S. Korean firms pressured by global buyers to use renewable energy
Rising costs, lack of infrastructure cited as major hurdles for businesses to adopt RE100 initiative
Amid the importance of renewable electricity highlighted in global supply chains, 28.8 percent of large South Korean manufacturers are facing pressure from global buyers to use renewable energy in the production process, a survey from the Korea Chamber of Commerce and Industry showed Sunday.
Regarding the requested timeline by the global buyers, the survey showed that 33.3 percent of South Korean manufacturers were asked to use renewable energy by 2025 while 9.5 percent of foreign companies demanded the operation of eco-friendly energy between 2026 and 2030.
The survey was put together to figure out S. Korean manufacturers’ participation in RE100, a global initiative committed to using 100 percent renewable electricity through eco-friendly energy such as solar and wind power by 2050, and what the government needs to do for the private sector’s efforts in the eco-friendly movement.
Led by the Climate Group in partnership with CDP, formerly known as Carbon Disclosure Project, RE100 has seen a steady increase in the number of new members. According to RE100, there were 378 members, including Apple, Google and BMW, as of Sunday. A total of 22 South Korean firms have joined the global initiative so far.
“There are perhaps many companies that do not wish to disclose the request from foreign firms to use renewable energy. If (S. Korea) does not respond to the RE100 initiative properly, it could hurt the country’s export competitiveness in the future,” a manufacturing industry official said.
According to the KCCI’s survey, 35 percent chose the burden of cost as the biggest obstacle in joining the RE100 initiative, followed by 23.7 percent picking the lack of necessary policies and infrastructure and 23.1 percent selecting the lack of information.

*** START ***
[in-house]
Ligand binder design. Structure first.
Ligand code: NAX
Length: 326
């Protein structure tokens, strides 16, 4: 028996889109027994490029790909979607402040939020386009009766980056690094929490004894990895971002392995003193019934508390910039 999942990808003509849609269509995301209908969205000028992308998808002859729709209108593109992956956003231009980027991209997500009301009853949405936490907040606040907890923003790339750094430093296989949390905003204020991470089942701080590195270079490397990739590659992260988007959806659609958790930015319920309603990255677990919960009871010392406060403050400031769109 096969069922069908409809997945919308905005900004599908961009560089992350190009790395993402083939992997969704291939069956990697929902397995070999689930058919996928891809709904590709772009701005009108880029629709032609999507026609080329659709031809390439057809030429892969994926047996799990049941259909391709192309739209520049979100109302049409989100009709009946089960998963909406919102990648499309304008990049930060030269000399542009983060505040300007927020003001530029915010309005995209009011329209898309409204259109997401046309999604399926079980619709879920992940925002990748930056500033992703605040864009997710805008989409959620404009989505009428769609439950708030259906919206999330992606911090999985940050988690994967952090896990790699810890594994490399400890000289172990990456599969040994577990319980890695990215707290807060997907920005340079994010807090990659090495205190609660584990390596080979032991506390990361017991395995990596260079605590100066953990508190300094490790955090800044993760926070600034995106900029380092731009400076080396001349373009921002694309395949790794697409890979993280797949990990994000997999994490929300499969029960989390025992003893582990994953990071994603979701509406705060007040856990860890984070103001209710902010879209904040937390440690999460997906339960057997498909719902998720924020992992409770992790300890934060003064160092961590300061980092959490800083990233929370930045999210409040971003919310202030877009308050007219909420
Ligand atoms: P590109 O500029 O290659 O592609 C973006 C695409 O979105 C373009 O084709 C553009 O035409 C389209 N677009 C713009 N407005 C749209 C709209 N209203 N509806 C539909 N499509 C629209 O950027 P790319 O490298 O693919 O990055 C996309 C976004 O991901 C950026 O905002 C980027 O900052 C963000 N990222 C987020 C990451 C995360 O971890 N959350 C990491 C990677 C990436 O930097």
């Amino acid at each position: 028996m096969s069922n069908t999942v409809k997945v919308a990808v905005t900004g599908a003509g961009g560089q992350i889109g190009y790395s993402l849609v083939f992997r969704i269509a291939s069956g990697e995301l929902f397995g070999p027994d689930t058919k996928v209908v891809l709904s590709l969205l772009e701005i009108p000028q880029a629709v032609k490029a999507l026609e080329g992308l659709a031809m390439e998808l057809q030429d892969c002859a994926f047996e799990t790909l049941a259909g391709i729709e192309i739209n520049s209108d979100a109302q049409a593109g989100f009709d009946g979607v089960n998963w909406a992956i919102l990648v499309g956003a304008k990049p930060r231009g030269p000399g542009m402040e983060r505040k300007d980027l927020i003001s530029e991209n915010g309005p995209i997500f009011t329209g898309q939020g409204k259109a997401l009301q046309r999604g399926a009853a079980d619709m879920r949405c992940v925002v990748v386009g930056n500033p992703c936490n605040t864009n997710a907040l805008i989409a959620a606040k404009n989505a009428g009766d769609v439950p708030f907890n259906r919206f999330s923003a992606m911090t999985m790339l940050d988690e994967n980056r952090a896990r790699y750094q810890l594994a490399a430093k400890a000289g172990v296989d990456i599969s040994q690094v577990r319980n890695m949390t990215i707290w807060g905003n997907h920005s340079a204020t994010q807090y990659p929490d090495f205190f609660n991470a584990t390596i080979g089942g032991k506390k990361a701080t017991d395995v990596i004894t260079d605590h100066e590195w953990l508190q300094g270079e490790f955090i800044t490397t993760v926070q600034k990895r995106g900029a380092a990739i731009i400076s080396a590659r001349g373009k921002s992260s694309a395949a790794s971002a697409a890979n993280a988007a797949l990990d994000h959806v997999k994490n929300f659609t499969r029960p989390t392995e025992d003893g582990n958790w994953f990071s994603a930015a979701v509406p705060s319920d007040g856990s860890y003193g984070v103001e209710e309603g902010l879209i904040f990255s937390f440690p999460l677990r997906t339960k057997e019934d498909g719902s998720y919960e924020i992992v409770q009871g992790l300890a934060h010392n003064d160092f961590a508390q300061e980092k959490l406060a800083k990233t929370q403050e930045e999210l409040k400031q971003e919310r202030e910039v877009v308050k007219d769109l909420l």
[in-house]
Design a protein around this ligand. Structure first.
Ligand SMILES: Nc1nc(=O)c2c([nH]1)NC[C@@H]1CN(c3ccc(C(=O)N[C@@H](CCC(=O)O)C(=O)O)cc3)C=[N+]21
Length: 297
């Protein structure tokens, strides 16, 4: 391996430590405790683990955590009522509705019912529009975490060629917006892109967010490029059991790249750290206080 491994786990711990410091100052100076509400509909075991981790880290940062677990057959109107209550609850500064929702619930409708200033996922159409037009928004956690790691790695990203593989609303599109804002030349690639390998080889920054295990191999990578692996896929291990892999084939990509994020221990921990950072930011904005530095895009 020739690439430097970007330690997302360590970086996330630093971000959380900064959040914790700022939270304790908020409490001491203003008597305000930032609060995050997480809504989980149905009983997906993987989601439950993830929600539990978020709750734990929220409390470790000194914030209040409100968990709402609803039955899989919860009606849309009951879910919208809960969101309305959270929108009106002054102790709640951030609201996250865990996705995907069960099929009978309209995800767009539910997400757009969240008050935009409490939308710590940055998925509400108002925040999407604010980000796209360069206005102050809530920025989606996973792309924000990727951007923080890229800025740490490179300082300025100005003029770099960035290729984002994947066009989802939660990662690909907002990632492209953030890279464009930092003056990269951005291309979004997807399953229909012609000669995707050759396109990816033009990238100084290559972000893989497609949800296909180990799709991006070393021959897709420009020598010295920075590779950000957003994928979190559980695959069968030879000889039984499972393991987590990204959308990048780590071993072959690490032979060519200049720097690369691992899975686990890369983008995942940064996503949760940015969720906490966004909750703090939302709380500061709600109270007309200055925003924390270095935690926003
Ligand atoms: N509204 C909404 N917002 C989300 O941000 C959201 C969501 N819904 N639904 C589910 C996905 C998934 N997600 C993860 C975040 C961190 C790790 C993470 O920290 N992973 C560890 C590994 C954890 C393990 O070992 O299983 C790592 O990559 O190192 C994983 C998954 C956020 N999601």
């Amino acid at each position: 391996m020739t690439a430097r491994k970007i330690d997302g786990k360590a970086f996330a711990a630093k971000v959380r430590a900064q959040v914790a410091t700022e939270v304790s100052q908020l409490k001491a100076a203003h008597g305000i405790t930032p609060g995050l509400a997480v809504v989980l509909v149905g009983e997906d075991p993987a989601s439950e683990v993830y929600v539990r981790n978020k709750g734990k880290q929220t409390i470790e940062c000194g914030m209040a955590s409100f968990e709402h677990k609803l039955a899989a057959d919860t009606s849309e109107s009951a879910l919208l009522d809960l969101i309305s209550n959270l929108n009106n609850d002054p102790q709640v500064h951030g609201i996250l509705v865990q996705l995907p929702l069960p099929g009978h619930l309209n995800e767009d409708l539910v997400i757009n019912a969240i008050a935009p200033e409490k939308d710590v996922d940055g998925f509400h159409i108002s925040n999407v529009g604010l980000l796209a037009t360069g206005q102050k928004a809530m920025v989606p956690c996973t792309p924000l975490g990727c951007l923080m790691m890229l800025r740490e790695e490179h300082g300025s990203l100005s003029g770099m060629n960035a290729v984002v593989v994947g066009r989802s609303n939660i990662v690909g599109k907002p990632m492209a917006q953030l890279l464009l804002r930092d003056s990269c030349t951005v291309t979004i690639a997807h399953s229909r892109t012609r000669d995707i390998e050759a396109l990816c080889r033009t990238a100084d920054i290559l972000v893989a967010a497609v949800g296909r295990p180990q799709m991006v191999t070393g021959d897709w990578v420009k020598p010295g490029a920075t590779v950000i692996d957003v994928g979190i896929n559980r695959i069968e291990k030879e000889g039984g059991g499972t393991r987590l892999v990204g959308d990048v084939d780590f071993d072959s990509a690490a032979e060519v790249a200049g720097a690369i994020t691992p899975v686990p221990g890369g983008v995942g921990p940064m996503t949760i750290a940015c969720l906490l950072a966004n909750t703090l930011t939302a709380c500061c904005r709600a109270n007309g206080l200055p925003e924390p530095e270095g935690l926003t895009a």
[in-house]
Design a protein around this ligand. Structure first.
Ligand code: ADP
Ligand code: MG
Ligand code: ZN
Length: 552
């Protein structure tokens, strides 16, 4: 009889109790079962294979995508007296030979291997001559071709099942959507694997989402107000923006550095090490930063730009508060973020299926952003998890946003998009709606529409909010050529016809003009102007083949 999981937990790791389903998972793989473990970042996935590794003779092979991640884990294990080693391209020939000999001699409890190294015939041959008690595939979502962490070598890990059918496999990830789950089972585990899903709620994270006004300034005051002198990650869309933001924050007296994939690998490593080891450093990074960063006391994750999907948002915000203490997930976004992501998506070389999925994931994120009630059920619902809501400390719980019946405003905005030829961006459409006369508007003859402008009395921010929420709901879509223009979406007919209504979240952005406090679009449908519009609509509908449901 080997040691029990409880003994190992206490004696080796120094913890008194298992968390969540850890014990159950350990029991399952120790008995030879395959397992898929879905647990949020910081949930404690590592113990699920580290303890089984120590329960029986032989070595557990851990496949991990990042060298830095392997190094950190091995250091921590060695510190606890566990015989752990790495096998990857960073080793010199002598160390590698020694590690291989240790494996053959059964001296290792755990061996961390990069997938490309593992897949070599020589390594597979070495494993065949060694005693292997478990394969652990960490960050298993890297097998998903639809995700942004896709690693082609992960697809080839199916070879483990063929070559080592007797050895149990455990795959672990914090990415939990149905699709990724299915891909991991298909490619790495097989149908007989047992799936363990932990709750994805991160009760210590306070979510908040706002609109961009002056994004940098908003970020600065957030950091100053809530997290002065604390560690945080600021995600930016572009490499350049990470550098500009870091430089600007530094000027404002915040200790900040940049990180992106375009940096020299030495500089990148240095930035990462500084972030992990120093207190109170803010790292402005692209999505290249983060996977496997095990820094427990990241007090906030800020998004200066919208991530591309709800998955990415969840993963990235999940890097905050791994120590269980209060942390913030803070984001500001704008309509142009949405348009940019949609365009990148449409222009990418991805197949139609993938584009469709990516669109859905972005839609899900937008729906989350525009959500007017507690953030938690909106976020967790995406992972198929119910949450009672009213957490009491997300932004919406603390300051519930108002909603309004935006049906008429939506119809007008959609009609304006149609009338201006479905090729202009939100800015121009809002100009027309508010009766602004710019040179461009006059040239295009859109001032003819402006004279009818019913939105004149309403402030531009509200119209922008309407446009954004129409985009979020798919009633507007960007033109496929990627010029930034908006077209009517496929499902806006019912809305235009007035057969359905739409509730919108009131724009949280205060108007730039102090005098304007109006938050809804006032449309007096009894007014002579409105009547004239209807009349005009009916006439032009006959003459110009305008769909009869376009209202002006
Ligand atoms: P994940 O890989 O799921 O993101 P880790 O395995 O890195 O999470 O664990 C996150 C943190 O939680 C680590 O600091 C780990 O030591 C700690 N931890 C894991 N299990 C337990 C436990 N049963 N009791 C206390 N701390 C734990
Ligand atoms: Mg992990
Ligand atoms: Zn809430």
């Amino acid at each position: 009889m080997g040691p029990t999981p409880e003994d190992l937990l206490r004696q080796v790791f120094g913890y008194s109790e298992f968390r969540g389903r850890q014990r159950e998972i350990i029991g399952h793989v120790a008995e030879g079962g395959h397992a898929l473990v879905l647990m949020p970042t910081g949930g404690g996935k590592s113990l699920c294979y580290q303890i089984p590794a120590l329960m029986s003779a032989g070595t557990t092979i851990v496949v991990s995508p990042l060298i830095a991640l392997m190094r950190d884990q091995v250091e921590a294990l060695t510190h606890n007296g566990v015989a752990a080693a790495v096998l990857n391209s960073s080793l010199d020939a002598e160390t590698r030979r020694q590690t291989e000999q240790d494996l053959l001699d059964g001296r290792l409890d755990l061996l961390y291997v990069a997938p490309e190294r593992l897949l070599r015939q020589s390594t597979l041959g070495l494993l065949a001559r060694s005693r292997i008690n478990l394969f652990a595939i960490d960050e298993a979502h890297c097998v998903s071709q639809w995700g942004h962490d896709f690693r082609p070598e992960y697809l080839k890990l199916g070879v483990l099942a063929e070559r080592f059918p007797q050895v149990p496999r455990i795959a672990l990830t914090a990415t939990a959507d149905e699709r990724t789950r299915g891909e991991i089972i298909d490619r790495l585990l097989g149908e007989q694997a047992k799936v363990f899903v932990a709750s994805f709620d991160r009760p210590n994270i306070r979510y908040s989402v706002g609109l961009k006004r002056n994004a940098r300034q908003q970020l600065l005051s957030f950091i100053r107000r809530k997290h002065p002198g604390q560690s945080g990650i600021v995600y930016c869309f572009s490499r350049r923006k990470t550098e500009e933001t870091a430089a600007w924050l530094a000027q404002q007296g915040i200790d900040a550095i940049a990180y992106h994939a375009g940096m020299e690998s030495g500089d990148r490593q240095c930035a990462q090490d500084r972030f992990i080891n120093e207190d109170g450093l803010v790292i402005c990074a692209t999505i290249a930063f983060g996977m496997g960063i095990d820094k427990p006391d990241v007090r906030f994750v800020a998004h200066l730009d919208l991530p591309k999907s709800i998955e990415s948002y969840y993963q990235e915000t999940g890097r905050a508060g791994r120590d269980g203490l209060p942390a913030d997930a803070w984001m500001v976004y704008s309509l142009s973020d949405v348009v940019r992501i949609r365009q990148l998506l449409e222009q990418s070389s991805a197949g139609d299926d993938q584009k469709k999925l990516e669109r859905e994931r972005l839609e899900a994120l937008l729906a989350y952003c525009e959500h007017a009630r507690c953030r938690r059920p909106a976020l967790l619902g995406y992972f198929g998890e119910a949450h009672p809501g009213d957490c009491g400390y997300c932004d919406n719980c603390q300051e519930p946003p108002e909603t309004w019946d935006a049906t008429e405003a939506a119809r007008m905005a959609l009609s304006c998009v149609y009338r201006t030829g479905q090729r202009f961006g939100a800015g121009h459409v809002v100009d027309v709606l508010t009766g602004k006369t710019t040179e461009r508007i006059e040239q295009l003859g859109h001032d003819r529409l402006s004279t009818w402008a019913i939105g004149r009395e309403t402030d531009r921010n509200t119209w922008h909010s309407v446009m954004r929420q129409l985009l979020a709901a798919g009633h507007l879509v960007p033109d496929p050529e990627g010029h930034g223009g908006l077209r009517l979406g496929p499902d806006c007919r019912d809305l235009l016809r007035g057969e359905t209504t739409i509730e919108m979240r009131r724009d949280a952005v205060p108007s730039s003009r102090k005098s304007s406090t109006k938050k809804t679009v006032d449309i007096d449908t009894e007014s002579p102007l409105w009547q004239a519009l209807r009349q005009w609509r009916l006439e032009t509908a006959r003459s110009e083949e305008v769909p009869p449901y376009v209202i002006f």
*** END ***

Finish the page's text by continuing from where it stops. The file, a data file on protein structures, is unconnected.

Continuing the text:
The KCCI quoted an official at a medium-sized firm as saying that Korean companies face hefty price tags when trying to carry out RE100 initiatives through either building renewable energy plants or buying renewable energy. The price, which Korean firms have to pay, can be up to two times higher than that of companies in Europe, according to the official.
The KCCI also pointed out the country’s lack of renewable energy generation as the more fundamental problem. According to the state-run Korea Electric Power Corp., the top five companies that require the most amount of electricity used 47.7 terawatt-hours in 2021, whereas the country’s total amount of renewable energy generation logged 43.1 TWhs in the same year.
According to the Korea Energy Agency, the proportion of renewable energy took only 7.43 percent of the country’s total energy production in 2020, far below the OECD’s average of about 30 percent.
The KCCI’s survey showed that 25.1 percent of the respondents chose an expansion of economic incentives as the most-preferred policy in order for them to participate in the RE100 movement while 23.2 percent hoped to have the purchase of renewable energy recognized as the record of decreasing greenhouse gases.
The KCCI suggested six policy changes to help more companies take part in the global eco-friendly initiative, including giving financial benefits for power purchase agreements and expanding the private sector’s investment in the government large-scale renewable energy plant projects.
“As the number of local partners related to companies participating in RE100 is estimated at over 10,000, we have to prepare for the increased use of renewable energy by not only large conglomerates, but also small-to-medium-sized companies,” said Kim Nok-young, director of Carbon Neutral Center at the KCCI’s Sustainable Management Initiative.
By Kan Hyeong-woo (firstname.lastname@example.org